3.6. Carotenoid Content

The major carotenoid in D. viridis TAV01 was lutein, making over 85% of the total carotenoids. However, neoxanthin, violaxanthin, and β-carotene could also be detected in minor quantities (Table 6). This carotenoid profile agrees with other studies on D. viridis. The lutein content in D. viridis TAV01 was 2.15 ± 0.12 mg g−1 DW, after 15 days of growth. However, improved growth conditions and shorter cultivation times could lead to higher contents, as shown in a different study on another D. viridis strain, in which lutein contents as high as 8.87 mg g−1 DW were obtained after 5 days [81]. Furthermore, sulphate deprivation could be a good inducer for lutein accumulation; in D. salina, sulphate deprivation in combination with bicarbonate supplementation, led to a significant increase in lutein, reaching contents of 0.26 mg g−1 DW [82,83]. As the literature suggests, D. viridis TAV01 does not accumulate β-carotene under high salinity nor under nitrogen depletion as seen for D. salina, the major β-carotene microalgal producer [84]. β-carotene supplements from D. salina are already approved for human consumption by the EU; this might facilitate the introduction of D. viridis as a source of lutein. This might be particularly relevant as the global lutein market value is expect to reach USD 170 M in 2029 [85].

4. Conclusions

A novel strain Dunaliella viridis TAV01 was successfully isolated from water samples from the Algarve coast. This strain can be cultivated under high salt conditions, thus preventing the proliferation of competing species and/or predators so that culture collapse is avoided and growth of the target species is promoted. When cultivating at these conditions, Dunaliella viridis TAV01 biomass displayed an interesting biochemical profile, rich in proteins, lipids, and pigments, and a high degree of PUFAs with α-linolenic and linoleic acids as the main fatty acids. Protein analysis revealed a well-balanced AA profile, adequate for human consumption and comparable to that of traditional plant or algae-based protein sources. The characteristics and qualities of this novel strain may provide new paths for developing high-quality algae-based nutritional solutions, making it a promising target to be commercialized as supplements and/or food products.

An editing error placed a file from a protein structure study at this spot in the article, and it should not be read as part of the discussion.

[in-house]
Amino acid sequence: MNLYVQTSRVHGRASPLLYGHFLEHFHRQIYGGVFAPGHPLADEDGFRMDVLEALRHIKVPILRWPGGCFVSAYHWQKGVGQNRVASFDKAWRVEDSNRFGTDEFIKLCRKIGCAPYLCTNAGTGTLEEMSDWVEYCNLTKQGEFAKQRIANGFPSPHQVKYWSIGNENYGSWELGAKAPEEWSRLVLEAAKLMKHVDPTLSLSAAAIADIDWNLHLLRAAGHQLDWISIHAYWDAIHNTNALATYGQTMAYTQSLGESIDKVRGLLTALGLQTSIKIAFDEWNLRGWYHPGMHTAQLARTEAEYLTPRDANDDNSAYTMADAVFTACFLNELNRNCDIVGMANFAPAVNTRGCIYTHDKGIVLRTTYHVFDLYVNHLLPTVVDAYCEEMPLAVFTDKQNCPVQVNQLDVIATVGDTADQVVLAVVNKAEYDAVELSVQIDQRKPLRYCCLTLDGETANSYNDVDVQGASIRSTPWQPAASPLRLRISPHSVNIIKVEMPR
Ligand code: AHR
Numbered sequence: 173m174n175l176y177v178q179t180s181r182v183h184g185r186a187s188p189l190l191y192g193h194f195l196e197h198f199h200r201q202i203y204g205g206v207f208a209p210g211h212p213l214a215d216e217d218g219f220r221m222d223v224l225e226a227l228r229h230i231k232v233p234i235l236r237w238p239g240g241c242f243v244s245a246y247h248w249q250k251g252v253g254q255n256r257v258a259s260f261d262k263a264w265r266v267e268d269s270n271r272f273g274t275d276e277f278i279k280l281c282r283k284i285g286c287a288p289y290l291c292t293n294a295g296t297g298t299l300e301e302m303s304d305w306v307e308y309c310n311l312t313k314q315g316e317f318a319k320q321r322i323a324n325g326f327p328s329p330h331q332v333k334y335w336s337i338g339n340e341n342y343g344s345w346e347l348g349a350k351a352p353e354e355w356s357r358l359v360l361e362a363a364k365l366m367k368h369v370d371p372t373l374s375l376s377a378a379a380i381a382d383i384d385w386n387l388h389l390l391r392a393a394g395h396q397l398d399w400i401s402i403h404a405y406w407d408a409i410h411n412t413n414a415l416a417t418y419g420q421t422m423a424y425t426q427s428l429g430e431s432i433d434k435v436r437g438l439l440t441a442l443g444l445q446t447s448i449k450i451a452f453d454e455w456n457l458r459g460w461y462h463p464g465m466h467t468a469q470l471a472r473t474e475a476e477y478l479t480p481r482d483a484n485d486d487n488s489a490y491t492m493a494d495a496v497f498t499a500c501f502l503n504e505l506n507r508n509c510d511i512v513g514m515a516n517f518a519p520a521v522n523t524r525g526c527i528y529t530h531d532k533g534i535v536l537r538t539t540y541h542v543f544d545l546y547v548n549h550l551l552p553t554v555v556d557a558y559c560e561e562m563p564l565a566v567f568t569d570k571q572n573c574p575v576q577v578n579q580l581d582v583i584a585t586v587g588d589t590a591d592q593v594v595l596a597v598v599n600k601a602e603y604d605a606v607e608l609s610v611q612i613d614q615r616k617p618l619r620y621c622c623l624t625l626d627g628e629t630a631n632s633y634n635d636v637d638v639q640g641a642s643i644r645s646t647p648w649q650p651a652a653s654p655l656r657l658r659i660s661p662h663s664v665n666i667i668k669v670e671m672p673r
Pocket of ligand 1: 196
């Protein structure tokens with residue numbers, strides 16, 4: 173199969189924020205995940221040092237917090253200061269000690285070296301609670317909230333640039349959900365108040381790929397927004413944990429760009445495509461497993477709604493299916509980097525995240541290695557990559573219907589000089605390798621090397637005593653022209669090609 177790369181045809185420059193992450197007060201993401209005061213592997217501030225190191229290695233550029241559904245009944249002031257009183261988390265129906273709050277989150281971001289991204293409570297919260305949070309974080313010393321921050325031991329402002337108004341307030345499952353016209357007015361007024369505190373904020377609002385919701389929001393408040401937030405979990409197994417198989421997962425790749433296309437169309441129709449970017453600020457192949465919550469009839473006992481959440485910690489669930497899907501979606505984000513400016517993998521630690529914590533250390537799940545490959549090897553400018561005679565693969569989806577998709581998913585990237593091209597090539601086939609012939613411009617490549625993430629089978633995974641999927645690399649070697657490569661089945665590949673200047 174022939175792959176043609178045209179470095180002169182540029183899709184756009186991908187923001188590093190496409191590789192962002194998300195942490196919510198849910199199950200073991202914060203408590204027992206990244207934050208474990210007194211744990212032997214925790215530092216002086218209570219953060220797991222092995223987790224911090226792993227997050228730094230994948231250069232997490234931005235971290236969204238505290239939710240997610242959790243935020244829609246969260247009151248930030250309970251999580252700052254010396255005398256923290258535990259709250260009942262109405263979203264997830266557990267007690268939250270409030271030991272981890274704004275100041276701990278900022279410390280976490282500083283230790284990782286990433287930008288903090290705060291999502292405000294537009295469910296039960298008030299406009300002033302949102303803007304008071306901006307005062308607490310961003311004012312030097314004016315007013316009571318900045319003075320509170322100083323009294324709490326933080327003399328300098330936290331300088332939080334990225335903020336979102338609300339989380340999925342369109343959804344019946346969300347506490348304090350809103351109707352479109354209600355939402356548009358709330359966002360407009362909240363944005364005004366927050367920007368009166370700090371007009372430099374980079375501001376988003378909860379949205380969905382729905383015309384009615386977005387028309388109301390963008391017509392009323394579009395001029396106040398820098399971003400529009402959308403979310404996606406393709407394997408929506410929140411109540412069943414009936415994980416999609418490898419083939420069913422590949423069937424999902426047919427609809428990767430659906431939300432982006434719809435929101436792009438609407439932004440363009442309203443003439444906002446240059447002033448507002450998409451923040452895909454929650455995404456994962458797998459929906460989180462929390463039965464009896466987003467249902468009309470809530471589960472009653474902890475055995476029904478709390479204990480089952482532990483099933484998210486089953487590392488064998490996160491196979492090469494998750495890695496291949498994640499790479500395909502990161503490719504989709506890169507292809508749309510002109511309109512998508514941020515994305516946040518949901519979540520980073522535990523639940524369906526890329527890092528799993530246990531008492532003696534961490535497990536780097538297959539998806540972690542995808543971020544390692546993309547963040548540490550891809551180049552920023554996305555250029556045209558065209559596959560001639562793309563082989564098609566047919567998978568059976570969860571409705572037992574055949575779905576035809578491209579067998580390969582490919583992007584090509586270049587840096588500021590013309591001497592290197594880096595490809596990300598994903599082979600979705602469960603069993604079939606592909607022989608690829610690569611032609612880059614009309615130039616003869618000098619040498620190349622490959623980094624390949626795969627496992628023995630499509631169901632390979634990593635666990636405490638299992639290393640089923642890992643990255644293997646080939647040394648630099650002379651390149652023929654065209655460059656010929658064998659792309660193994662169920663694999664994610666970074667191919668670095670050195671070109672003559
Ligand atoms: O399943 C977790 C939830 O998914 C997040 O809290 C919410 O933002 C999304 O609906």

Author Contributions

Conceptualization, G.B., N.L.C., L.B. and J.V.; Data curation, H.P., L.B. and J.V.; Formal analysis, T.F.S., L.S. and I.B.M.; Methodology, G.B., N.L.C., T.F.S., L.S. and I.B.M.; Validation, H.P., L.B. and J.V.; Writing—original draft, G.B. and N.L.C.; Writing—review and editing, T.F.S., L.S., I.B.M., H.P., L.B. and J.V. All authors have read and agreed to the published version of the manuscript.


This work was carried out with funding from the Portuguese Foundation for Science and Technology (FCT) through UIDB/04326/2020, UIDP/0436/2020, LA/P/0101/2020, SFRH/BD/149395/2019, SFRH/BD/115325/2016, SFRH/BD/140143/2018, and 2021.06332.BD. Additional funding was provided by the European Union’s Horizon 2020 Research and Innovation program under grant agreement No. 862980.

Institutional Review Board Statement

Not applicable.

Informed Consent Statement

Not applicable.

Data Availability Statement

Data available upon request.

Conflicts of Interest

The authors declare no conflict of interest.


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Figure 1. Microscopic images of Dunaliella sp. TAV01. (A) The differential interference contrast (DIC) on bright field. (B) Cell excitation on natural fluorescence on Ex 470/40; Em 525/50. (C) The same picture as in B but using differential interference contrast (DIC).
Figure 1. Microscopic images of Dunaliella sp. TAV01. (A) The differential interference contrast (DIC) on bright field. (B) Cell excitation on natural fluorescence on Ex 470/40; Em 525/50. (C) The same picture as in B but using differential interference contrast (DIC).
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Figure 2. Maximum likelihood (ML) and Bayesian phylogenetic consensus tree where the TAV01 appears in a cluster together with Dunaliella viridis, D. polymorpha and D. parva ITS1-5.8S-ITS2 sequences. The latter sequence cluster was named as “Clade Viridis”. Other sequences clustered together into two major clades: “Clade Salina” and “Clade Primolecta”, which seem to be sister clades of each other. ML and Bayesian branch support values are given on the left (≥0.43) and on the right (≥63%), respectively. Lower support values were omitted.